Build me up to break me down: Frothed spawn in the sandpaper frog, Lechriodus fletcheri, is formed by female parents and later broken down by their offspring [article]

John Gould
2020 bioRxiv   pre-print
Several genera of anuran amphibians deposit their eggs within mucous secretions that have been aerated by the parents to produce a foam or bubble spawn body. This is a dynamic medium for embryo development given that is gradually breaks down over time, and one that has been hypothesised to serve a variety of purposes including protecting eggs from external stresses. In this study, I provide additional details of bubble spawn production in the sandpaper frog, Lechriodus fletcheri. Field and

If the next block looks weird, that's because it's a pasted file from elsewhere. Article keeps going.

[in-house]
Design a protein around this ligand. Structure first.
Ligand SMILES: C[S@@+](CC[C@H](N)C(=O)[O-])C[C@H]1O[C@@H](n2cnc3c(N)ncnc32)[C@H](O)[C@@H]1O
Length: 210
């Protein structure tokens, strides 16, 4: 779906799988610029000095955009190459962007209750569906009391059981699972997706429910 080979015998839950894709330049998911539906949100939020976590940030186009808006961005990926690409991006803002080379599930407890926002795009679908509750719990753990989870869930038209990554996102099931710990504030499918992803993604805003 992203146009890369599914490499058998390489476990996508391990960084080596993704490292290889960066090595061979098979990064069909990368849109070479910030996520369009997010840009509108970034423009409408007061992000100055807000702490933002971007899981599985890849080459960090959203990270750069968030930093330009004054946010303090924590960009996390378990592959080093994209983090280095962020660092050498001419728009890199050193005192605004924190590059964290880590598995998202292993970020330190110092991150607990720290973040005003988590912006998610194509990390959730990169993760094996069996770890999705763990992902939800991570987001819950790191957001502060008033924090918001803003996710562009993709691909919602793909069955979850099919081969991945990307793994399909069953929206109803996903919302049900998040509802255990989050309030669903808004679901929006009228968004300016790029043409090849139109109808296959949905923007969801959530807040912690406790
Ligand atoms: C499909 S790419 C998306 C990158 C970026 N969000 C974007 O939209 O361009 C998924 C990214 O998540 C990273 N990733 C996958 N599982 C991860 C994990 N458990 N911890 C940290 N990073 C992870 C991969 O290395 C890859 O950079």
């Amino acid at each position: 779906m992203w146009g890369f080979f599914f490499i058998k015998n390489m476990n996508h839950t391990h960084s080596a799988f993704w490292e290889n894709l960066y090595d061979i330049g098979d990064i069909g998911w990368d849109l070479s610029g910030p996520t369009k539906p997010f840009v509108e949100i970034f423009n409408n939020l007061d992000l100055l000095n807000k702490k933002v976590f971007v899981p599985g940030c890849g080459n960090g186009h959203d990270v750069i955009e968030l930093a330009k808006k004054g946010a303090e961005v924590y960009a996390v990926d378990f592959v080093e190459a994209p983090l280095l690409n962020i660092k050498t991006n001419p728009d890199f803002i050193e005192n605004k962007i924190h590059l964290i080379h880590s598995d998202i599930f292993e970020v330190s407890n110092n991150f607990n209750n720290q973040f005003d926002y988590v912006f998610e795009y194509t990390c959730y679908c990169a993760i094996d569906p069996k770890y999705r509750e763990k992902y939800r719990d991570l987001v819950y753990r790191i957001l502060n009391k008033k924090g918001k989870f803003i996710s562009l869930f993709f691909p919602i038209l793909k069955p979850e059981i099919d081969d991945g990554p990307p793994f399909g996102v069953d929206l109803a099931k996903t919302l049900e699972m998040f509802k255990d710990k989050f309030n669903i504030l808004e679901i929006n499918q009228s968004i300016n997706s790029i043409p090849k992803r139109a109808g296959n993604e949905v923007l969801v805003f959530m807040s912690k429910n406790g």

more » ... atory observations showed that females aerate spawn while in inguinal amplexus, using flanged fingers to transport air bubbles into the mucous. While the frothed spawn is initially resistant to breakup, it gradually loses bubbles and flattens out into a film. This temporal shift in structure is likely to be adaptive, as the resultant increase in surface area allows embryos to come in direct contact with the surrounding water, which may accommodate their increased oxygen demands or facilitate hatching. I provide evidence that this process is controlled by the residing embryos, given that spawn in their absence does not breakdown, highlighting the ability of offspring to modify their immediate environment even before hatching to ensure conditions remain suitable for their changing needs.
doi:10.1101/2020.02.06.937409 fatcat:gw7eqvqcazes5emejf4chneo7i